From the recent painful budget speech read by the man in black, taxation of key commodities will be a blow to the average Kenyan who is already struggling with inflation. This almost sounds like it was ripped from the scriptures, and I quote; Mathew 13;12: “whoever does not have, even what they have will be taken from them”. The common mwananchi will have to dig deeper into their pockets, in order to finance the Sh3.1 trillion budget. High taxations have been levied on alcohol, betting and loans. Apparently the first two have been labeled sin tax. If it isn’t the end times. Paying for our sins.
The tables have turned. Robin hood has taken to robbing the poor to give the rich. Wanjiku who is already struggling to put food on the table, is being overburdened. With the prices of basic items such as unga, milk and medicine set to go up, the impoverished families will become more vulnerable.
When it comes to investing, the average Kenyan isn’t all too favored either. If you don’t have a fat paycheck to invest in property (which has been given tax benefits), this land is not your home. Take for example the boda boda sector. This has been a big source of self-employment especially for the youth. But now it has been hit hard with a comprehensive insurance cover. While this promises to mint for insurance companies billions of shillings in premiums, what happens to the struggling Kenyan?
In a raft of painful measures to plunge more people into the taxation pool- The youth who are making money from the digital economy will no longer live outside the tax dragnet. With unemployment taking a toll on the youth, many had sought refuge on online jobs as it offers a glimpse of hope in this tough economic times. However, they too have not been shown any mercy.
The Ajira digital program meant to introduce young people to online work, is now imposing a registration fee of Sh10,000 to those enrolled. This is in lieu of income tax with effect from 1st January 2020 and will be implemented for 3years. With many people still unable to fund their varsity fees, this is a slap on the face. And as the future of a nation lies with the young generation, are we set on the right path to a promising future?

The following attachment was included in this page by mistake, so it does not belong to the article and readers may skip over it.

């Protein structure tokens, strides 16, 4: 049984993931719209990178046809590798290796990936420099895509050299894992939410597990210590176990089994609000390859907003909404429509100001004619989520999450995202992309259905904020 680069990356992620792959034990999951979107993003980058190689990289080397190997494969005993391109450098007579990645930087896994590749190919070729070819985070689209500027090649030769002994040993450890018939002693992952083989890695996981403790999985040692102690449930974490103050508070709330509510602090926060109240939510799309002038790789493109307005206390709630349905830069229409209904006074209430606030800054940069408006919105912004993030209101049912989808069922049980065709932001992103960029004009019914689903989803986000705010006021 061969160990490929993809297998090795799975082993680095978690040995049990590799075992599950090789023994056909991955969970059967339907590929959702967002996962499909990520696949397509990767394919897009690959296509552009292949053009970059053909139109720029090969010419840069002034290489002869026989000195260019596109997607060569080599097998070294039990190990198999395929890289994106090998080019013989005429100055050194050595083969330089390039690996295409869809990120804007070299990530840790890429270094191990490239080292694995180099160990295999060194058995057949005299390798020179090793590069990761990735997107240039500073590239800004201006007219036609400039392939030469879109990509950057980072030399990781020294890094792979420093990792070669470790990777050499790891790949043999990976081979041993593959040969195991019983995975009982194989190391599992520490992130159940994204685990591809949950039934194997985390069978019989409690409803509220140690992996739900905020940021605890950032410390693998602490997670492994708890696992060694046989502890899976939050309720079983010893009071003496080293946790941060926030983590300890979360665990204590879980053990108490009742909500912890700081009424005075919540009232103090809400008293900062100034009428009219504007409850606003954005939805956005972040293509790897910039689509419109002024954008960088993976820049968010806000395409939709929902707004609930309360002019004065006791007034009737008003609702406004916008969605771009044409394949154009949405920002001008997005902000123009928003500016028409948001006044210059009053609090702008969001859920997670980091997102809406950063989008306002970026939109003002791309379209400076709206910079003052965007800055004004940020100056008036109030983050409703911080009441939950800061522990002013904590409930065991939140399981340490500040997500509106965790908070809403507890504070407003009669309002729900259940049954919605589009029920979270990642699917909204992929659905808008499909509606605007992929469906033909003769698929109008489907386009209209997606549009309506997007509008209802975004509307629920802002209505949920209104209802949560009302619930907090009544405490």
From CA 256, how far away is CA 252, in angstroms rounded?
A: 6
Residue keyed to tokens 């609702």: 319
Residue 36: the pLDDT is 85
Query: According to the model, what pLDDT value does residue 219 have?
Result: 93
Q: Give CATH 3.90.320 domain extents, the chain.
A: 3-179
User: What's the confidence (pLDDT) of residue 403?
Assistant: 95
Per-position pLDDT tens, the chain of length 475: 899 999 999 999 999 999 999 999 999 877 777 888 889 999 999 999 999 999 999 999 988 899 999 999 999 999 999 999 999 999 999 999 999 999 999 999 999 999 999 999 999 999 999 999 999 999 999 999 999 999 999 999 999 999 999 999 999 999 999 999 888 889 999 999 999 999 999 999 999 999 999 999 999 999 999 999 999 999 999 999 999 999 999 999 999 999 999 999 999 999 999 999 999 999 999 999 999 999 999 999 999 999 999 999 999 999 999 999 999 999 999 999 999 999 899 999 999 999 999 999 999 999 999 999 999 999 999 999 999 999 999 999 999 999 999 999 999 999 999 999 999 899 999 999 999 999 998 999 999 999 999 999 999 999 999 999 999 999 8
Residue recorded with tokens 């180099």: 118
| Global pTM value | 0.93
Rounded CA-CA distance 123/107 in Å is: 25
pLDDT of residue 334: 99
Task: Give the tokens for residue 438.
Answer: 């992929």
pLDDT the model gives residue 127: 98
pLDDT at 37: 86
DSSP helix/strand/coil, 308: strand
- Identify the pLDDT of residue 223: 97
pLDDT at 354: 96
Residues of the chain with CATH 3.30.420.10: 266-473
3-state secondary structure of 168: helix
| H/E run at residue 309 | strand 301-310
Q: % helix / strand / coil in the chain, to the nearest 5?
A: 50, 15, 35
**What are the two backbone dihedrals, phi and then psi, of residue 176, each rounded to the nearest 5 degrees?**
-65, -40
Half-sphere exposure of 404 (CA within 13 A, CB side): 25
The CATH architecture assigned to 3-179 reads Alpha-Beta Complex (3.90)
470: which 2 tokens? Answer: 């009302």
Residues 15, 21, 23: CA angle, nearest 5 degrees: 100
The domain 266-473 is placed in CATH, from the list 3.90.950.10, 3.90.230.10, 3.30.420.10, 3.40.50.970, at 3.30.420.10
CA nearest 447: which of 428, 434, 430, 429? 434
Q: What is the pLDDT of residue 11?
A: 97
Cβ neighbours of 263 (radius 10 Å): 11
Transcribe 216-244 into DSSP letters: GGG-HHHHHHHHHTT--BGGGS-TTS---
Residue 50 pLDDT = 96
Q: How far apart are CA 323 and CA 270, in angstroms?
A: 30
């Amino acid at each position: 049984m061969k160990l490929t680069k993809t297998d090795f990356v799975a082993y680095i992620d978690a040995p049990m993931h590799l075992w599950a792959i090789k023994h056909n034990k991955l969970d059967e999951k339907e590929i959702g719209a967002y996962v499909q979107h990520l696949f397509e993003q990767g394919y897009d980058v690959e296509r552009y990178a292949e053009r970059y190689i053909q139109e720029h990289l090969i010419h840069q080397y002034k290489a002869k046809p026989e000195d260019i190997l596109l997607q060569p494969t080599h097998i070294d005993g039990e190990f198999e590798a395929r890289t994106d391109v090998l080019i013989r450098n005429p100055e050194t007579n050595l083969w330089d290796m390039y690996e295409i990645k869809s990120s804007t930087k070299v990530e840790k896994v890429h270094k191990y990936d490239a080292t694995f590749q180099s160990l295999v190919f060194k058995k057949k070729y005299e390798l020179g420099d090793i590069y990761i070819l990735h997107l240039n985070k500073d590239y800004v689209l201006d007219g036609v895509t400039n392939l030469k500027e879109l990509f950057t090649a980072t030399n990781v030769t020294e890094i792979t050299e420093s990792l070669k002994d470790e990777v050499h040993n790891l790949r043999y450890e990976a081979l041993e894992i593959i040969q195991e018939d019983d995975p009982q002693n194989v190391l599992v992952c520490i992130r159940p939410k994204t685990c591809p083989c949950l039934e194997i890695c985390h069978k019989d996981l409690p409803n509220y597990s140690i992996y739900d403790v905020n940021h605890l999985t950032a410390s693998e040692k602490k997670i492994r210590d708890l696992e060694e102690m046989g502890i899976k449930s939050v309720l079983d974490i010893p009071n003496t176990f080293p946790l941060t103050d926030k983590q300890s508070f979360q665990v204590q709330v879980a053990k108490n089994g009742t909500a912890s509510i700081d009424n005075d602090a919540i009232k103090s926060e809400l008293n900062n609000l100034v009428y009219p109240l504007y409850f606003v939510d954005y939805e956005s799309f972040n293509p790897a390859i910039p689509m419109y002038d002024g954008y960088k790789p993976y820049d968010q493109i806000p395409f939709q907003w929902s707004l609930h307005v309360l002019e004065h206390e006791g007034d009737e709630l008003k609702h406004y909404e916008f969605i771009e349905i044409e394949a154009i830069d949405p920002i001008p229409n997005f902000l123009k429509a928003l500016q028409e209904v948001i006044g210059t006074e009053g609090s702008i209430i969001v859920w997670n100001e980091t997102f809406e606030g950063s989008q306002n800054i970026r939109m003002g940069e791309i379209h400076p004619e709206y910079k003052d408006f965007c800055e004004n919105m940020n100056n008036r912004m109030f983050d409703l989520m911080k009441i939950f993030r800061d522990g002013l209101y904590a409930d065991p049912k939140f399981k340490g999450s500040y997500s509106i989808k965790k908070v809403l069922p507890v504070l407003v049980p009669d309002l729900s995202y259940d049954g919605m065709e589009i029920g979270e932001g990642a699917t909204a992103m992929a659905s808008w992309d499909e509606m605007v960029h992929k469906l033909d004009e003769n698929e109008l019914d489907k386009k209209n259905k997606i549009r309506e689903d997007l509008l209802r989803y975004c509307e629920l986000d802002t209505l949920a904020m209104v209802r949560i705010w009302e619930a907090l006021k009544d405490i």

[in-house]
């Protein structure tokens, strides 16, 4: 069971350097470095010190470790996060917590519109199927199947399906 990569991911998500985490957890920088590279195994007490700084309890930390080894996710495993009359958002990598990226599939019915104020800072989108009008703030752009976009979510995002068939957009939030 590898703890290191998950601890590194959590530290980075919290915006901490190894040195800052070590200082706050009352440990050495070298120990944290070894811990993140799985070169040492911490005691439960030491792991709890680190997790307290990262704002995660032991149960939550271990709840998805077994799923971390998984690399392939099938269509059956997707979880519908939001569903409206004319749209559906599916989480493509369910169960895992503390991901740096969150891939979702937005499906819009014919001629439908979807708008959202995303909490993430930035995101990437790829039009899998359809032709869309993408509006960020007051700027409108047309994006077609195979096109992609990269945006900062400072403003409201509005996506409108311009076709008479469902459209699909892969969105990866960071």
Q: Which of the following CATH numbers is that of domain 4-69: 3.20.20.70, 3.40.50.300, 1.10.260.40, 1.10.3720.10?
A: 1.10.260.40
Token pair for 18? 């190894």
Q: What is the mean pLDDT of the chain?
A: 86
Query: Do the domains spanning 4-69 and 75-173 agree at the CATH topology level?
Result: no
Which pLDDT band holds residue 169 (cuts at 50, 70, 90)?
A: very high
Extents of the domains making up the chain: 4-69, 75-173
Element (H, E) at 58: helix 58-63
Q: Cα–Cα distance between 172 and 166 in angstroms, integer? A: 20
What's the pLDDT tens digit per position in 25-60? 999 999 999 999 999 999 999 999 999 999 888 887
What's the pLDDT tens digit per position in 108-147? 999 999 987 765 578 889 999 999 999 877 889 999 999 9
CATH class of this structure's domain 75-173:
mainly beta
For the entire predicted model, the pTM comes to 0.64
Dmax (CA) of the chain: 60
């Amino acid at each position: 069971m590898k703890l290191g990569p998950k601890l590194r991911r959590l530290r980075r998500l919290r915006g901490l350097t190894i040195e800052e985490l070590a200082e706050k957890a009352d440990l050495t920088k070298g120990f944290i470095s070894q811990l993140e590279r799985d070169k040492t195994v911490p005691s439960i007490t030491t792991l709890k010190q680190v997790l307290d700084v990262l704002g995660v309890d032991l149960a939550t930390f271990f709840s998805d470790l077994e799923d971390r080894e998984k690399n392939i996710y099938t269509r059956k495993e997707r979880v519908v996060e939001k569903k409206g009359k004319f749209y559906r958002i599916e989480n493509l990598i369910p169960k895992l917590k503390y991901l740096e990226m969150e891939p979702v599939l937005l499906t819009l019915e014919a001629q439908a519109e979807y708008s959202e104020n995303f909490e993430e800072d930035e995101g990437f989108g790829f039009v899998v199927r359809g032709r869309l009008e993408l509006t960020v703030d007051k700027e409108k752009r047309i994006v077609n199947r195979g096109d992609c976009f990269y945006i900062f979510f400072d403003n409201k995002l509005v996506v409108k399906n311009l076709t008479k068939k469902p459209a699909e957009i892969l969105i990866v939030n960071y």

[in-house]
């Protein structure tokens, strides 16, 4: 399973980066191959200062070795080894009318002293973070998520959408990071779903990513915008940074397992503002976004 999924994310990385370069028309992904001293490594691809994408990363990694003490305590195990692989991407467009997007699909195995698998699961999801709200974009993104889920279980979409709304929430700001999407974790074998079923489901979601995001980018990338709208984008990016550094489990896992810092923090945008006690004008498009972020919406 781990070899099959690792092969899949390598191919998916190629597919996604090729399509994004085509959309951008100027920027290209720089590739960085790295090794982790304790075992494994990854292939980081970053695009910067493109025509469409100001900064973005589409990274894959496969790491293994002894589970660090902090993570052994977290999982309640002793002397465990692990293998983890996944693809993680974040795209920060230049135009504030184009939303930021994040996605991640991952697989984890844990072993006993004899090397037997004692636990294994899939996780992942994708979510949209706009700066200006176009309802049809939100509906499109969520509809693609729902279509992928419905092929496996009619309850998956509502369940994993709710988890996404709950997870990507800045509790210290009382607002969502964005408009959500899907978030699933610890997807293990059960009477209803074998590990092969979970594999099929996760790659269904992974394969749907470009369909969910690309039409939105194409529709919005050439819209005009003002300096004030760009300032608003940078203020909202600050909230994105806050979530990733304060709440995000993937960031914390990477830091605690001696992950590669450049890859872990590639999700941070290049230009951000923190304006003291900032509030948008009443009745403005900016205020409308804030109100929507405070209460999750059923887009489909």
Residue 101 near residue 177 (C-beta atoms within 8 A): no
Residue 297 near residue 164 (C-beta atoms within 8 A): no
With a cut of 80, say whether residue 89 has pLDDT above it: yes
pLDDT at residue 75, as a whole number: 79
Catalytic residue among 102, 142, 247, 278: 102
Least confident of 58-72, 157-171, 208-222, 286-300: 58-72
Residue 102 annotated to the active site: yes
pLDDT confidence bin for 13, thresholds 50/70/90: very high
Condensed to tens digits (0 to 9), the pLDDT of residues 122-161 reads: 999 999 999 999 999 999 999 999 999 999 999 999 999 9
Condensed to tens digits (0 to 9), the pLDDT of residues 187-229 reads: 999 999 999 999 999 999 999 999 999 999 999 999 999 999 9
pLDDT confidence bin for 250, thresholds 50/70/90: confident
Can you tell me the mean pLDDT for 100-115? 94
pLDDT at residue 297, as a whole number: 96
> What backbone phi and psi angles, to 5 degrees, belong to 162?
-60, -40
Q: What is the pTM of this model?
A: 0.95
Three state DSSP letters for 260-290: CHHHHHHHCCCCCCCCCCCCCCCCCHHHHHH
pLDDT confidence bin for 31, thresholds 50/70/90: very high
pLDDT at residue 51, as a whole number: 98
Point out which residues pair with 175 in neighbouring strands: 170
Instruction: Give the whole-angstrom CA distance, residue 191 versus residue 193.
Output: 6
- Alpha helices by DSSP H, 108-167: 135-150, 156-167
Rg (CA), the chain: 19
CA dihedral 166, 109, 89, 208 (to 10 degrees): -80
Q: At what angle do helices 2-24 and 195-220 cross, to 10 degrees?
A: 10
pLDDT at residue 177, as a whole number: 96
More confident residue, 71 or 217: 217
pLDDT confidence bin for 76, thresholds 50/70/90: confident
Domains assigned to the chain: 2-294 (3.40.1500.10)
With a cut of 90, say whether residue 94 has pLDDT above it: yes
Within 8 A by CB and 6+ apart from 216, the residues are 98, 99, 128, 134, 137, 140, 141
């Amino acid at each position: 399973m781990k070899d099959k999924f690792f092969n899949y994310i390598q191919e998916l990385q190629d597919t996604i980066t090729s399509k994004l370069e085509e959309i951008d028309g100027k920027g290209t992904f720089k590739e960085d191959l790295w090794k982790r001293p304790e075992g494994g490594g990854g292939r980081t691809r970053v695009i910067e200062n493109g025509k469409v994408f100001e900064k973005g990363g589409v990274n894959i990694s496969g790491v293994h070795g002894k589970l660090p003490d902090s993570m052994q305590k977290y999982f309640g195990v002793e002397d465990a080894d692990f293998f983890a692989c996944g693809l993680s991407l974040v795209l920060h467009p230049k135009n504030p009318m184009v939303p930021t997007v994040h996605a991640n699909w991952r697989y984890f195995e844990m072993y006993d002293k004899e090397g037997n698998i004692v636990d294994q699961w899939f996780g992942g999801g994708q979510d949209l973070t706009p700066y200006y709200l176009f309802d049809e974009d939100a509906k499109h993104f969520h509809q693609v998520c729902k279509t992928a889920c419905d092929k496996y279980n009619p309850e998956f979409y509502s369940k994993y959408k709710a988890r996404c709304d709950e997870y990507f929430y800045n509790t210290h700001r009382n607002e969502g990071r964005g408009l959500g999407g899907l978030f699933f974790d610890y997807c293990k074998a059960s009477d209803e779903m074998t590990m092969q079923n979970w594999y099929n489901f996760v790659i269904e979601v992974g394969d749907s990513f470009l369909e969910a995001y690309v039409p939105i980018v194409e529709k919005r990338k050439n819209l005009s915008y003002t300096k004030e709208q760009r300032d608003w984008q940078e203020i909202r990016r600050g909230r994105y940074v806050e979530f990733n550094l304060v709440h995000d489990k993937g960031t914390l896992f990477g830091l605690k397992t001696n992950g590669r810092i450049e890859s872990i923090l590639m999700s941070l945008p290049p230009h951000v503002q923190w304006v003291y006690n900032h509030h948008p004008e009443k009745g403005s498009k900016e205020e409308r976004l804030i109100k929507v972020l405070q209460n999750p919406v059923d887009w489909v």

Profit making companies will also incur high income tax. This has seen investors already threatening to cut on employment or relocating from the country. Imagine a company employing 1000 people relocating to another country. That is 1000 families losing a source of income. Some being the sole bread winners. This is in contrast with the budget theme: “creating jobs and transforming lives”. The irony.
The proposed budget is instead set to protect owners of capital, government suppliers and other interest groups that run the economy. This will do little in reducing the gap between the rich and the poor. Another contrast, this time with the Jubilee’s 2013 manifesto.
The government should instead increase revenue by cracking down on graft and by taxing the richest more. Instead of forcefully trying to balance the books on the backs of the poor. We hope they do better next time.